Daily Management Review

Carbon Footprint Increases By Leaving Camera On During Video Calls, Streaming Videos In HD: New Study


Carbon Footprint Increases By Leaving Camera On During Video Calls, Streaming Videos In HD: New Study
There can be an increase in carbon emissions by leaving a computer's camera on during video calls, claimed a study from a United States based University.
Between 100 to 150 grams of carbon dioxide can be emitted during videoconferencing or streaming for an hour, found a study conducted by researchers at the Purdue University. During that time, videoconferencing or streaming is also used up as well as an area equivalent to the area of an iPad Mini. There can also be a decrease in carbon footprint by about 86 per cent if video streaming is done in standard definition instead of high definition, the study also claimed.
The first of its kind of study also investigated how water and land use is affected by internet infrastructure in addition to estimating the levels of carbon emissions. An estimation of the amount of usage  carbon, water, and land related to every gigabyte of data used in online platform such as YouTube, Zoom, Facebook, Twitter, online gaming, and surfing the web was also made as a conclusion of the study. The researchers concluded that more video means a bigger carbon footprint.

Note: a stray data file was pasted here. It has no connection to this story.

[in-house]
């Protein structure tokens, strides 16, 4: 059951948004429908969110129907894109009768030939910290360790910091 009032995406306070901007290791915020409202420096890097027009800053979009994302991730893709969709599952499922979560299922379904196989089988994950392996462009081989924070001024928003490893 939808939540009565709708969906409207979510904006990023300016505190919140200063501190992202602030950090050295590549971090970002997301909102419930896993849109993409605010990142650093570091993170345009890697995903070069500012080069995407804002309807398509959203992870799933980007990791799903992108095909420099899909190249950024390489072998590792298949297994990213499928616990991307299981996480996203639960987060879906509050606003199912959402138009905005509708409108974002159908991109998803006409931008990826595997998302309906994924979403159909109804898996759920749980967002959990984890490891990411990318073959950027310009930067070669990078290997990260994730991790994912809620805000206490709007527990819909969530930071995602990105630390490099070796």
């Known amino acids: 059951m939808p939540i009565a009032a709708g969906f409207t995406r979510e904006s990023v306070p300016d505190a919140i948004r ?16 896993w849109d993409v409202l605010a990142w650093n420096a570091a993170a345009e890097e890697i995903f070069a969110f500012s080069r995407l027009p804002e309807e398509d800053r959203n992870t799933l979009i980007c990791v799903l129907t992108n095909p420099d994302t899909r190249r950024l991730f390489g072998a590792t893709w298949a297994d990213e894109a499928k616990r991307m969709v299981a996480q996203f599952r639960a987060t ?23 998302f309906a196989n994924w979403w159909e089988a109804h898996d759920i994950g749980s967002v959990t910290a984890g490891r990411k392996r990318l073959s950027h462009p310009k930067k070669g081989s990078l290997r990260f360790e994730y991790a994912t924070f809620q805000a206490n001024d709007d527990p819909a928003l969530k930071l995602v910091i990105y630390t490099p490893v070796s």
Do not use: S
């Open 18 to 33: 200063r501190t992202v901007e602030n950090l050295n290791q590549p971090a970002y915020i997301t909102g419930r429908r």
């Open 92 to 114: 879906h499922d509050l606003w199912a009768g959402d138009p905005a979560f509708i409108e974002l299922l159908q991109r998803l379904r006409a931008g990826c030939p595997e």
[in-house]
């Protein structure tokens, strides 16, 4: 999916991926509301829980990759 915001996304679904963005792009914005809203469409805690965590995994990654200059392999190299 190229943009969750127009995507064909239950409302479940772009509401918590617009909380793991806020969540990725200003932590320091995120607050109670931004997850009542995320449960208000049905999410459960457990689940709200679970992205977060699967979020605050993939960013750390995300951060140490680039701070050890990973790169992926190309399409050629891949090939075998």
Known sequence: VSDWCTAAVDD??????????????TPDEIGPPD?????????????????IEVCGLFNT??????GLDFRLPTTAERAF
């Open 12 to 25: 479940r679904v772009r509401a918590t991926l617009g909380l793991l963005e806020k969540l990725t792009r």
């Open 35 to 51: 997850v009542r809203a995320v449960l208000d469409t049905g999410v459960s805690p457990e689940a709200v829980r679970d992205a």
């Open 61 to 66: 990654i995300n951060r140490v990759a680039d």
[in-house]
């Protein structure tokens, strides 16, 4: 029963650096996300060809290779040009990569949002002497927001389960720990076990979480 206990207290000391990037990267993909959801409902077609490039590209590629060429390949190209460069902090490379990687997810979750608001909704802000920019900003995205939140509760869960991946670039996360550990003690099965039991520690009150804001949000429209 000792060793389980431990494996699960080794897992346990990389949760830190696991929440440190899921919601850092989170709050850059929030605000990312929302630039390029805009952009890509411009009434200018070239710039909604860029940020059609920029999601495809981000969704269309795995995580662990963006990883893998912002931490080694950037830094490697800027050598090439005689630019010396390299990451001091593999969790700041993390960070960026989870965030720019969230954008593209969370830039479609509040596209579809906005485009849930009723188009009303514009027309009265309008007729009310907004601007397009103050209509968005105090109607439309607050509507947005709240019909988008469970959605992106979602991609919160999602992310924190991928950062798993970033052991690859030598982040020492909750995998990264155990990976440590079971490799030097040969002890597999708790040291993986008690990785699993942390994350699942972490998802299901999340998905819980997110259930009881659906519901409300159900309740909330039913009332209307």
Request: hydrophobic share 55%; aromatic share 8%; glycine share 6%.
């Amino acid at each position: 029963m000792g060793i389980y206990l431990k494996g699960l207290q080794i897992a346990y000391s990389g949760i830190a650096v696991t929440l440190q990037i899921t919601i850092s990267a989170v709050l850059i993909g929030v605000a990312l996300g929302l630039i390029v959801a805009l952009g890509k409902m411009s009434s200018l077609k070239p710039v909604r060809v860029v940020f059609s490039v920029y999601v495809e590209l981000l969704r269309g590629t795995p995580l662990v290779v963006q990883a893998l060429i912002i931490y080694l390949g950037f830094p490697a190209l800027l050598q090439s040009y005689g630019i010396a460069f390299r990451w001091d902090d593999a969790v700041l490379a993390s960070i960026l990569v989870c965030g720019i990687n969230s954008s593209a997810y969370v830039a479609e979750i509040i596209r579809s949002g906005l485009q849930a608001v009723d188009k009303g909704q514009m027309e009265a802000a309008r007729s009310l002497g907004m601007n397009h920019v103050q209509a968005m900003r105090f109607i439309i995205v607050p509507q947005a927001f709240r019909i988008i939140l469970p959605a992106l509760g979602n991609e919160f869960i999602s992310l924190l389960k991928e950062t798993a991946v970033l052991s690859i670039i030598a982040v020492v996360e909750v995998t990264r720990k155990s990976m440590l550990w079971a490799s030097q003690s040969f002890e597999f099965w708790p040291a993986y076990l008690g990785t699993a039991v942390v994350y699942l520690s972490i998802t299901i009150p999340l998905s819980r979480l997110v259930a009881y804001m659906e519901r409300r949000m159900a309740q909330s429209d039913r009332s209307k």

"Banking systems tell you the positive environmental impact of going paperless, but no one tells you the benefit of turning off your camera or reducing your streaming quality," said Kaveh Madani, a researcher who led the study at Purdue University. There is an increase in an individual’s carbon footprint because of use of tech platforms without the consent of the users, Madani said.
A lot of electricity is used for in the processing and transmitting of data that shows an employee’s face in the living room device of the boss, the study says. Even though there is growing efficiency in energy usage in the data centres that are engaged in processing and storing the information, the processes will always have an impact on carbon, water, or land footprints because of the energy production process used in these data centres.
The impact on the carbon emissions, water consumption, and land usage is also dependent on the web platform that is used as well as the country that the users lives in, the researchers found in the study. For example, despite being a leader in renewable energy, there is relatively a larger water and land footprint for users in Germany.
According importance and focus on only one aspect of footprint could result in one missing out on considering the others which can be used together to generate a more holistic look of the environmental impact of such usage, the researchers at Purdue University also said.
The researchers also said that the environmental impact estimates made by them in the study are rough estimates and are dependent on the data obtained from the internet service providers and used to arrive at the estimates.